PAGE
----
While the biggest benefit to being a scholar is the significant reduction in tuition, being immersed in an environment of students of similar interests and situations is definitely the more worthwhile experience. This was the case for ID 118 AB Consular and Diplomatic Affairs graduate and Benildean Student Envoys (BSE) scholar Aieshah Balmori, whose passion really took root in the BSE community. “I just love the environment and the family I made in BSE,” she explained in an interview with The Benildean. “I was always inspired by my fellow envoys and I wanted to be there for them as their board member.”
Like many of her batchmates, Aieshah experienced the first half of her college life in person, while the second half was spent online. Pre-pandemic, she found comfort and motivation in being around her peers and being able to help them in person. “You can see your friends and hang [out] in Plaza V or Greenway, even do homework together there or in the LRC. Everything is simpler and better when it’s physical.” She also added that it was easier to maintain her scholarship due to the convenience of being able to communicate with her advisers in real time.
She highlighted the drastic changes she had to adapt to in terms of lessons, activities, and classes in the online modality in general. While she found it easy to adapt to the new setting, she was still understandably disappointed by the shift to online learning.
On the topic of retaining scholarships, she and her fellow BSE scholars were able to do so easily, as she stated that there were “fewer [academic] requirements now than before.” She also commended the College in terms of how they handled their scholars, claiming that she was able to witness Benilde’s generosity and accommodation firsthand, not only as a BSE scholar, but also as a former BSA vice president.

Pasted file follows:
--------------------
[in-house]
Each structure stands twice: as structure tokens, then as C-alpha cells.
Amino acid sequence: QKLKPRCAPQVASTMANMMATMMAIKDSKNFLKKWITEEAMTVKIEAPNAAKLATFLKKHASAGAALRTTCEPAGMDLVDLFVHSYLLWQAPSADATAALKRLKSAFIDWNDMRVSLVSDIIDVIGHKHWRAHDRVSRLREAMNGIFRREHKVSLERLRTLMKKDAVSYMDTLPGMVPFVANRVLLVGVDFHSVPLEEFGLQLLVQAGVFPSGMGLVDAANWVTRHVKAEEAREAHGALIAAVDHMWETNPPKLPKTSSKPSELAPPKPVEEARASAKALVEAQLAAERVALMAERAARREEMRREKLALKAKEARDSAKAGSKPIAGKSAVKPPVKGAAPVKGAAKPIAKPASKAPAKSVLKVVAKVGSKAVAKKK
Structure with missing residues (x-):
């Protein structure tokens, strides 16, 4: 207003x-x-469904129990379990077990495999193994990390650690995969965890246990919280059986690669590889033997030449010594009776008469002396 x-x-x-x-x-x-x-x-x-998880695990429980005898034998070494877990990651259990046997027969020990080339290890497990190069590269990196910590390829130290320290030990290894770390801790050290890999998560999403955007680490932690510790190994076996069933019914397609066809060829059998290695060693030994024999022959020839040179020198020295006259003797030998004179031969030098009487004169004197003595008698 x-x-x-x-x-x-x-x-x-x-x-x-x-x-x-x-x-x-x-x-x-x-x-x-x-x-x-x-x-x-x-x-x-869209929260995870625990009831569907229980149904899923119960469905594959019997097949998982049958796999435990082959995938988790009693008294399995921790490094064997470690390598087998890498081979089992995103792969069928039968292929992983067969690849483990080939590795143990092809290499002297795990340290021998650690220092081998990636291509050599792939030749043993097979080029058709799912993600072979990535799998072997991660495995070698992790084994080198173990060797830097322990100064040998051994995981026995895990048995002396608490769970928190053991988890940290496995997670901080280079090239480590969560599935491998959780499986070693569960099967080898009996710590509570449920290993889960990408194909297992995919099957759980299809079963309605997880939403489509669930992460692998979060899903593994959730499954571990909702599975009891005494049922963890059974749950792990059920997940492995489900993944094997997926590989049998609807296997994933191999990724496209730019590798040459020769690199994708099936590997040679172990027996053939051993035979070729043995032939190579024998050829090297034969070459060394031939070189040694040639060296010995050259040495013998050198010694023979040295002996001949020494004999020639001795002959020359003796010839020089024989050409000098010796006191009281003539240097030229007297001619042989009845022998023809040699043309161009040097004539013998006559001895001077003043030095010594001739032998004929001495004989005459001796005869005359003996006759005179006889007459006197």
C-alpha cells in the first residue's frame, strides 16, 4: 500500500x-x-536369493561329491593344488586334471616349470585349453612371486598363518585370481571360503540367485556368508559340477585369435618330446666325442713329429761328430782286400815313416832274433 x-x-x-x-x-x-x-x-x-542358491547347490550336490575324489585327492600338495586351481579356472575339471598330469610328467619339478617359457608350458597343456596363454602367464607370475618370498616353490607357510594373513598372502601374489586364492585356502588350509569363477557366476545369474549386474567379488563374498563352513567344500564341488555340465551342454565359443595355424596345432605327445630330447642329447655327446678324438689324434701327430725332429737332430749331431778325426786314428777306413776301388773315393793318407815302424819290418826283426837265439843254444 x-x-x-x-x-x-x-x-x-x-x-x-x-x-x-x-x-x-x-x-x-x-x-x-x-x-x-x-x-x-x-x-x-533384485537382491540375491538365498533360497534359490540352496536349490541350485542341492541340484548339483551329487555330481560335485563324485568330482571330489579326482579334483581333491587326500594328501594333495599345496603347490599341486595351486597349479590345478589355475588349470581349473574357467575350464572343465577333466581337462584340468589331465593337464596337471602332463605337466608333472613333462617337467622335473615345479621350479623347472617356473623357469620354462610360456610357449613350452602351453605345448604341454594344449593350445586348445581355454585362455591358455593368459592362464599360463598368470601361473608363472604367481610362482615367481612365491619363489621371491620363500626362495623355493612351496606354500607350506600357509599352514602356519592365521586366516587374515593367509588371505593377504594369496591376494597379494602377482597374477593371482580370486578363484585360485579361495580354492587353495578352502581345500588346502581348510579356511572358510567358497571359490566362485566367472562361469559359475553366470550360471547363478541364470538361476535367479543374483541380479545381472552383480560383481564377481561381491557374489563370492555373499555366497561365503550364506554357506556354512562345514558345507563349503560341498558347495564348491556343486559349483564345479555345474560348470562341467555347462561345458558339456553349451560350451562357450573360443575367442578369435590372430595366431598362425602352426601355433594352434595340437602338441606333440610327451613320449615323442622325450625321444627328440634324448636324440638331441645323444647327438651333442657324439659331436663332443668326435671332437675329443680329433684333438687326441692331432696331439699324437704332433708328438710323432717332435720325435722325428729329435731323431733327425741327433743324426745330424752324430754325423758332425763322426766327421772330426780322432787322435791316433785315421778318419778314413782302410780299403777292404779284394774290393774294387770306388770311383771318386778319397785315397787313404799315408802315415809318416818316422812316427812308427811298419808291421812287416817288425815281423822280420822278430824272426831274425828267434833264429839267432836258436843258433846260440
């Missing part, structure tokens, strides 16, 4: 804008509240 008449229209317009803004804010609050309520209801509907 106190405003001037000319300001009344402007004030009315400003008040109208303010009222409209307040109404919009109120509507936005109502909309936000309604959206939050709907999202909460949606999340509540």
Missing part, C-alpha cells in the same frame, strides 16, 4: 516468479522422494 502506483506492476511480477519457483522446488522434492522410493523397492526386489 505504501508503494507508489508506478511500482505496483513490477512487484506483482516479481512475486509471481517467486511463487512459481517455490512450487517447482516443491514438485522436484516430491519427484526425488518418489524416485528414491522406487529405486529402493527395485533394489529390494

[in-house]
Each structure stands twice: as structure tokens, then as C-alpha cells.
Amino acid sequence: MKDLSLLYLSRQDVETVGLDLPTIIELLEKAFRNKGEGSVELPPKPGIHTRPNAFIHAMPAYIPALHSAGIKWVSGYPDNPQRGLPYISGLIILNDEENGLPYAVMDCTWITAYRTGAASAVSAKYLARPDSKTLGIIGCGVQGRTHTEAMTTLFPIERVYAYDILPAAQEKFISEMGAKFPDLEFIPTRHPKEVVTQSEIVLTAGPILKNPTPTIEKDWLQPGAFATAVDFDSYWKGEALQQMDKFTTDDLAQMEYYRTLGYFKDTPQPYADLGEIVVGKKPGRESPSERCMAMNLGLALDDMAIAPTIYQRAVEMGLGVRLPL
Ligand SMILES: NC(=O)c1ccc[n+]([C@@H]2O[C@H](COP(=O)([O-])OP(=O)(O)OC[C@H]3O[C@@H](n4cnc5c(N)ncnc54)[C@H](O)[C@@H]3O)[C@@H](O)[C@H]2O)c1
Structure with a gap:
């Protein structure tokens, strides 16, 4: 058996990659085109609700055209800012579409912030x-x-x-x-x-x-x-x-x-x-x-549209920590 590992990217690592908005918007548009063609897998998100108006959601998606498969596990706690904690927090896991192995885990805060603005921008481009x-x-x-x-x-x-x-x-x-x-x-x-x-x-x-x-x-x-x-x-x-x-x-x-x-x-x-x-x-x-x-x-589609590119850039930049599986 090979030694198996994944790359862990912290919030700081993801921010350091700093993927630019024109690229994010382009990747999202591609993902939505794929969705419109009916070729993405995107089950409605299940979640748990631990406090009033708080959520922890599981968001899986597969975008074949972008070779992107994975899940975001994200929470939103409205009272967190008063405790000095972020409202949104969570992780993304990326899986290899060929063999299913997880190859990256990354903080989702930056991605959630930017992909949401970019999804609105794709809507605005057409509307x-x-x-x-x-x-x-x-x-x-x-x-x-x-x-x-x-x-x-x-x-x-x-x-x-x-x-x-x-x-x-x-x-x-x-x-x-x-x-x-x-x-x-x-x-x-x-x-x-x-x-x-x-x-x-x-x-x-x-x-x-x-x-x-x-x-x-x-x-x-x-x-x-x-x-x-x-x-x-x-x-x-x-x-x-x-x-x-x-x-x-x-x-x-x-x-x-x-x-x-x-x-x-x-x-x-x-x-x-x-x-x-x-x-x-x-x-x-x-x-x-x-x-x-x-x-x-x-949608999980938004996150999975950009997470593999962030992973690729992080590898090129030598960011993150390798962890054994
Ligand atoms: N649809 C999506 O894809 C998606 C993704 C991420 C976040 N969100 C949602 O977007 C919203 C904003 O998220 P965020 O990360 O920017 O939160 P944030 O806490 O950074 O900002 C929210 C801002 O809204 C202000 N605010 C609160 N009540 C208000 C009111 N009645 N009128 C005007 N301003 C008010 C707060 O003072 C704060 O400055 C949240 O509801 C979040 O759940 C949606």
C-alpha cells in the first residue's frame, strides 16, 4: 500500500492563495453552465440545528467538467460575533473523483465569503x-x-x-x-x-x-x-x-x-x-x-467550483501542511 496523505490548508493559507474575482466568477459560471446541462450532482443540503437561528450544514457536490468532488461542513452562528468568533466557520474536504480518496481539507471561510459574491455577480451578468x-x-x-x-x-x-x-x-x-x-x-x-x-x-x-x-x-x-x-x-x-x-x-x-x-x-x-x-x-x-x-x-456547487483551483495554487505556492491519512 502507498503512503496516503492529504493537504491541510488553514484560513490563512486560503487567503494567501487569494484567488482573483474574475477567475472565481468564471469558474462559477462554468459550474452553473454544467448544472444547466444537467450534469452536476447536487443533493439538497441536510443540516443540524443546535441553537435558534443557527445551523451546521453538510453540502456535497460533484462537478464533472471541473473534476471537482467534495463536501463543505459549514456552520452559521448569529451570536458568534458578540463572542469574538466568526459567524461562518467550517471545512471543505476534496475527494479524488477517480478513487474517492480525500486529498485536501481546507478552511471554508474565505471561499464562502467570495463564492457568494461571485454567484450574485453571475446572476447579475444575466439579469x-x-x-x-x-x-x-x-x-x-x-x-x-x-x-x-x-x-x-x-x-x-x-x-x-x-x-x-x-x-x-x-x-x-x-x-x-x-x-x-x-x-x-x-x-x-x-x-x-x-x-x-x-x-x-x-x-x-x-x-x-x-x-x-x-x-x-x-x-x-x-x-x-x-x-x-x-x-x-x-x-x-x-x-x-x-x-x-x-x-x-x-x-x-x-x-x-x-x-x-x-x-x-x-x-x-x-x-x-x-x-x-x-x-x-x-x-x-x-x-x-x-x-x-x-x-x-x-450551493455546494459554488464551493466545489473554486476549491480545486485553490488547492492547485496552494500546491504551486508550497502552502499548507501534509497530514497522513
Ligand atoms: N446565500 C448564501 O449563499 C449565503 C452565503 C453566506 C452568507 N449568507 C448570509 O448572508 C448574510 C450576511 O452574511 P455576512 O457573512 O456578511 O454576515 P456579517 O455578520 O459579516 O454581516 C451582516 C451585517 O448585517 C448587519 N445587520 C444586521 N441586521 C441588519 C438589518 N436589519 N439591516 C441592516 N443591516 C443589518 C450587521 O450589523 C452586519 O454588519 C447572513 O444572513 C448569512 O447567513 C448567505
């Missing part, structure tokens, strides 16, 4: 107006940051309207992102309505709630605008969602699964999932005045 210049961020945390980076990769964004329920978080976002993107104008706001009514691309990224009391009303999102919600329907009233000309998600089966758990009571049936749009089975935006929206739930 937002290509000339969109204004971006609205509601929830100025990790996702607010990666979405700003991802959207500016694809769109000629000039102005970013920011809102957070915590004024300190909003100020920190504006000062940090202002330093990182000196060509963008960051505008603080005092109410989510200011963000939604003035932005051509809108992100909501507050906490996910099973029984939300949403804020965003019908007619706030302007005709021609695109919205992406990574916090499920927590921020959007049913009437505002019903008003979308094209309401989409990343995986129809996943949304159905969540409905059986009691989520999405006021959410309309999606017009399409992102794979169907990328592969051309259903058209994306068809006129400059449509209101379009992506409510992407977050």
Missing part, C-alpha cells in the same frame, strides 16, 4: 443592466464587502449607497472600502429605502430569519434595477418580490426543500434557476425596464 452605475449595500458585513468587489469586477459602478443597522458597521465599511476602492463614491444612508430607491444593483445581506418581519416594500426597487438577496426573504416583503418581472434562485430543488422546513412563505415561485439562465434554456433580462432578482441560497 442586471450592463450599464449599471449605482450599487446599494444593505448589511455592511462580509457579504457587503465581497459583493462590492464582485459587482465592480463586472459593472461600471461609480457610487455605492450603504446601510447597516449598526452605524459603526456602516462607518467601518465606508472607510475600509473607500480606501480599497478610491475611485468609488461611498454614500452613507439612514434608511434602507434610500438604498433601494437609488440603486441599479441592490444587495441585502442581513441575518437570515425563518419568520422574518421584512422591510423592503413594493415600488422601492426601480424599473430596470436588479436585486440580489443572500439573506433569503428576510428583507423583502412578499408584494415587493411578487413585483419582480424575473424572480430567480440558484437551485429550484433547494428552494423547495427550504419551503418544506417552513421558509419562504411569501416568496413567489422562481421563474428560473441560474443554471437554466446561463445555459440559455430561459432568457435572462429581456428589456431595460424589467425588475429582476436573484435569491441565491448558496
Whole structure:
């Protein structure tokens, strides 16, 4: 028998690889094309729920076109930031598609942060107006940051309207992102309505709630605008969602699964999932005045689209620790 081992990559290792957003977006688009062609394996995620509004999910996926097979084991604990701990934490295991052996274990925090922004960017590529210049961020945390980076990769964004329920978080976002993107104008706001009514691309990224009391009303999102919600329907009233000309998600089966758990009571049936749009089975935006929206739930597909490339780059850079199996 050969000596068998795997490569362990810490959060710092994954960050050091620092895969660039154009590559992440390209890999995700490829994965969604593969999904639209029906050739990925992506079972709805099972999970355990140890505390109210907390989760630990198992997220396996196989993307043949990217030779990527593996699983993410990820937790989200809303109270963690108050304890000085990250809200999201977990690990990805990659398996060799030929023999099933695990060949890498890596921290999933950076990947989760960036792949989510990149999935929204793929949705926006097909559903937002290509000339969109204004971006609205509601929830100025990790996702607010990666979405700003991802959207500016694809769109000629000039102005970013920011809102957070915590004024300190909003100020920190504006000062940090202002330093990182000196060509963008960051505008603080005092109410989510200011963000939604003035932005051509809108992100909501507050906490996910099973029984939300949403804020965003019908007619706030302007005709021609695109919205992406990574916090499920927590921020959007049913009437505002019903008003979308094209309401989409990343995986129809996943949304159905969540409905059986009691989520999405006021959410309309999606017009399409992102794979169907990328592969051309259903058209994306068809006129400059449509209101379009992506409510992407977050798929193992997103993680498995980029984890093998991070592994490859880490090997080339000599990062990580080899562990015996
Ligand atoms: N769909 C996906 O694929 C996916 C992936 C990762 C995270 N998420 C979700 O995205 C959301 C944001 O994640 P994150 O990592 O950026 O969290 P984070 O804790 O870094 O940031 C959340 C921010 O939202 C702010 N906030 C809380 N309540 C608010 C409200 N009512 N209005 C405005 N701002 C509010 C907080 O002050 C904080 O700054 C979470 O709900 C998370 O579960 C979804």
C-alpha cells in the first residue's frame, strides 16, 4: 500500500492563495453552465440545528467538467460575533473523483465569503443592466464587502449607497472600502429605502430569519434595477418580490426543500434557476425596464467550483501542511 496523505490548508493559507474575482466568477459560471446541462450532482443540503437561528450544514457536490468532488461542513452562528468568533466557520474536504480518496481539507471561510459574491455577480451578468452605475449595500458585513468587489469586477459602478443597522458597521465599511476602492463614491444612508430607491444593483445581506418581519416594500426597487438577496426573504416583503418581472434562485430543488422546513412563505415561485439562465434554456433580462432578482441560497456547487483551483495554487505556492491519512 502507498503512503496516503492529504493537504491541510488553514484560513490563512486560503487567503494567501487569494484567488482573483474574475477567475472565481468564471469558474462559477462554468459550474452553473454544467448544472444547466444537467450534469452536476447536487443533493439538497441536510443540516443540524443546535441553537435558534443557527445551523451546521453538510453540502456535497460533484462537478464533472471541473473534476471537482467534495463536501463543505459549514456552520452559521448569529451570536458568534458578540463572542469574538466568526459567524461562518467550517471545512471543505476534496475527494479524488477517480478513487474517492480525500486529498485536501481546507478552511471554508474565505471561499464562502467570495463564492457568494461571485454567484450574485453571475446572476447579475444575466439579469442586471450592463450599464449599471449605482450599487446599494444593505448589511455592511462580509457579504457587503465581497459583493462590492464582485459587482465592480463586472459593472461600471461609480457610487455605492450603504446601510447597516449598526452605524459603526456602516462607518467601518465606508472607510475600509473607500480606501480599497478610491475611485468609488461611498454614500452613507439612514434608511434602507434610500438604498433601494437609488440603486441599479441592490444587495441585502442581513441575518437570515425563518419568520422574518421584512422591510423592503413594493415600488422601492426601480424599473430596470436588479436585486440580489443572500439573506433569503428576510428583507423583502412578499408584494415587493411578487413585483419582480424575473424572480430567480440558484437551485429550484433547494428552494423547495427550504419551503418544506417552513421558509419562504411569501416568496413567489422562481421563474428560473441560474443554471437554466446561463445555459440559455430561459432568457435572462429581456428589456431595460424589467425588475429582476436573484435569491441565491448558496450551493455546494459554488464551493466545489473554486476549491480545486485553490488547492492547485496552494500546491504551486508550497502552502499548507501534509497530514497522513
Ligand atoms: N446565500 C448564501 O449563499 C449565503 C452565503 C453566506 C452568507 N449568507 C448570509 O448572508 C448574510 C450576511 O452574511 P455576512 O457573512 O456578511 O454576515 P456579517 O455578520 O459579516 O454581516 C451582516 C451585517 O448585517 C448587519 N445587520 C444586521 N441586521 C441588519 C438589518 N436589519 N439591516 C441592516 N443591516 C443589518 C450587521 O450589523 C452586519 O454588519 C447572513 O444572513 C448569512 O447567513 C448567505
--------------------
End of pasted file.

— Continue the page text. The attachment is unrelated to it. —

“CSaG really cares for its scholars, and I’m so grateful for just how understanding they are and how much they take our concerns seriously,” furthermore sharing that she always felt “safe and comfortable” in her scholarship knowing she could rely on CSaG and her BSE adviser to assist her with any concerns.
The passion and love she felt for being a scholar was apparent, despite the added workload and extracurriculars she had to deal with throughout her stay in Benilde. In fact, her dedication was so infectious that she managed to convince her own brothers to become scholars as well.
She encouraged scholars to keep moving forward with a message, “There is more to it than being just a scholar. You also make a family and learn so much from your scholarship program. Plus, you get to experience what it means to pay it forward as a scholar!”
MERCY DE FELIX, SDA Scholar, 21
“It’s really important to me kasi hindi ako makapag-aral kung wala kong scholarship. Hindi ako makapunta sa dream course ko if I didn’t have [a] scholarship.”